• At least partly in response to the service suspensions by Japanese carriers, Qatar Airways cancelled a scheduled 787 flight from London to Doha.
  • On January 13, a fuel leak was discovered on a Japan Airlines 787 at Tokyo’s Narita Airport.
  • On January 11, the FAA announced that it would subject the 787 Dreamliner to an unusual post-launch “review.”
  • On January 7, a fire broke out on a Japan Airlines 787 in Boston.
  • A fire similar to the one in Boston had been reported during the 787′s testing phase in 2010.
  • In December, an electrical malfunction forced a United Airlines 787 to make an emergency landing.
  • Later that same month, United reported that the same issue had been discovered on a second Dreamliner.
  • Also in December, Qatar Airlines grounded one of its 787s because of electrical issues.
  • On December 5, the FAA ordered inspections of potential fuel-line leaks on all 787s.

About the 787 Dreamliner

The Dreamliner is Boeing’s most advanced airliner, featuring such cutting-edge technology as lithium-ion batteries and a composite-plastic body.

The first 787 was received by ANA in September 2011, and since then 50 787s have been delivered to eight airline customers, including United.

The company has taken orders for 844 Dreamliners, and Boeing hopes to sell as many as 5,000 during the lifetime of the plane.

Reader Reality Check

Are the 787′s problems of concern to you? Would you fly on one anyway?

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  • Peter

    I disagree… Airbus has had a diversified manufacturing process for years. This is strictly a QA issue! Even previous Boeing jets have had many parts made all over the world. This just sounds like a bitter writer taking a shot at Boeing for supposedly “outsourcing” the jobs etc.

    The other fact in play is some of the technology in 787 is either not available in US or it’s in its infancy…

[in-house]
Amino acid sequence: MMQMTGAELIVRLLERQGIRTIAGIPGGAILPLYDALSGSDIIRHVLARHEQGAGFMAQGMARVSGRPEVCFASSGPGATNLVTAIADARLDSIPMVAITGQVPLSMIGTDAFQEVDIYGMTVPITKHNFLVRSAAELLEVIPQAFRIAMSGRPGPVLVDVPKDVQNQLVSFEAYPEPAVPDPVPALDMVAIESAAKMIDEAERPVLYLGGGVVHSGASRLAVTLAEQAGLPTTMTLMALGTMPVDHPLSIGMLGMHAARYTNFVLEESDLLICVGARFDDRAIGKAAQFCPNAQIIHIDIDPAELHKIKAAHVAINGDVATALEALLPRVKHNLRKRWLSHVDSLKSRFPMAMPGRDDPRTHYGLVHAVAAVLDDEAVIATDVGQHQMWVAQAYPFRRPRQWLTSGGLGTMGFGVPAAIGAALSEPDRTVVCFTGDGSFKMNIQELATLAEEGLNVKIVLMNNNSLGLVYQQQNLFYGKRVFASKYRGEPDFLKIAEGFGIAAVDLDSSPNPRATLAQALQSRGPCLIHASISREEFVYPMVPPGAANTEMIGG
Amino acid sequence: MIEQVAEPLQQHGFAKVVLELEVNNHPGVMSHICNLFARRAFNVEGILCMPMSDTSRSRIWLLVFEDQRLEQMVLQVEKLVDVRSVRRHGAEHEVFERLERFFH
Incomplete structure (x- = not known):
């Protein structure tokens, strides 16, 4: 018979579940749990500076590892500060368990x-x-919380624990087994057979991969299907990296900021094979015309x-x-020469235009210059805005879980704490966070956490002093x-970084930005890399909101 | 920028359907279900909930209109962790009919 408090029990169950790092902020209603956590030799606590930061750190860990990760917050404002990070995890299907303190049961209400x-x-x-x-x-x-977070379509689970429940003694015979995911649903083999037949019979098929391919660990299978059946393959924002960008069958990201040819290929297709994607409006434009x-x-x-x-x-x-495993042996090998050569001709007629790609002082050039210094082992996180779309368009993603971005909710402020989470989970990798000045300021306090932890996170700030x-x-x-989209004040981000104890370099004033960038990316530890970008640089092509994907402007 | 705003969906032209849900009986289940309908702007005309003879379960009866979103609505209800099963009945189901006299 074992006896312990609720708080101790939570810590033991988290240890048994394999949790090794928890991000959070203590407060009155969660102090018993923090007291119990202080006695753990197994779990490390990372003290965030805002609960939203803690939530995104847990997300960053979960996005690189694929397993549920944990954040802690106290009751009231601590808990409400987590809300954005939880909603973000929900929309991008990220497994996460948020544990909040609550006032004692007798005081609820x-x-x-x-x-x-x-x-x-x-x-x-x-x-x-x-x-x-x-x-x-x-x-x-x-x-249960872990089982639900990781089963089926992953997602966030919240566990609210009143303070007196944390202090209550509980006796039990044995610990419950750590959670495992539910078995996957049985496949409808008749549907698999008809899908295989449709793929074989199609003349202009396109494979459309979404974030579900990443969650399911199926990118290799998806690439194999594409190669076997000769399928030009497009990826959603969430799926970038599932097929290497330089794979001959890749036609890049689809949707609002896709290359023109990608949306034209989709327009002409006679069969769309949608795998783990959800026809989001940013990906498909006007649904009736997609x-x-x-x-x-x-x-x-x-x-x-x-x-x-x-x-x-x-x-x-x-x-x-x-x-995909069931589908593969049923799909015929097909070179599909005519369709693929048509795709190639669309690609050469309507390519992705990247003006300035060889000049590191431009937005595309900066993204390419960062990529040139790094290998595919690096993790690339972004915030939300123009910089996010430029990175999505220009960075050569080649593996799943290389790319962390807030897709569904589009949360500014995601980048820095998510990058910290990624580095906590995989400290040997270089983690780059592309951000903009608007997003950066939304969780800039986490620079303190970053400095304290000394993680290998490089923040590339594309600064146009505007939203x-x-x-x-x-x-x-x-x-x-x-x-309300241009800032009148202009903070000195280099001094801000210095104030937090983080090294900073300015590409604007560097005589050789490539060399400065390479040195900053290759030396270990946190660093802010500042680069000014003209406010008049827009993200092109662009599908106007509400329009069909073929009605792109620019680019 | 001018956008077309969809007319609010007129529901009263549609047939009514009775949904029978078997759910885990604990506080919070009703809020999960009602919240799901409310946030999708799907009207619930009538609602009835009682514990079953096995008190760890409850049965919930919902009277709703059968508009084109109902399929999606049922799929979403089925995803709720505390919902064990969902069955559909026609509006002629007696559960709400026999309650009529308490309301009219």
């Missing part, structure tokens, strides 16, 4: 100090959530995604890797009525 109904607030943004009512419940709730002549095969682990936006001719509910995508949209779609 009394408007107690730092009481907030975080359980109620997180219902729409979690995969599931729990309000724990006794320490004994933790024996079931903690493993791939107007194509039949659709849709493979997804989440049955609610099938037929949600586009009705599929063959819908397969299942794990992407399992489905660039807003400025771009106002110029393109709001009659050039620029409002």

• http://www.facebook.com/thomas.barnes.7547 Thomas Barnes

    Until the actual root cause of the 787 grounding is known, articles such as this are placing the cart before the horse. Cost and schedule overruns, as well as initial in-service issues, are hardly unique to the 787. In fact, they happen in almost every large, complex project.

  • Edgar Numrich

    “Who’s in charge, here?”

    If that short question is not enough for this ill-conceived and executed program, consider what a three-year delay would have meant with World War II and Boeing’s B-17s and B-29s.

    “Good Night. And good luck . . . .”

  • Foxtrot Delta

    Can you sight specific instances where a new aircraft or complex system did not have issues? Homemade, single source, union made, etc. always have issues as well.

  • airish

    Under the new regime, the only way to get the proposed Dreamliner approved by Boeing’s top managers and board members was by distributing the risk among partner companies

    Actually, my understanding of what motivated much of the oursourcing, at least with respect to the foreign “partners,” was that this constituted a thinly veiled bribe…e.g., if we give a Japanese company the subcontract for the vertical stabilzers, JAL will place a large order for the resulting aircraft. I guess this is an advantage that Airbus doesn’t have, since as a Euro SOE, it pretty much is restricted to spreading out its work in Europe.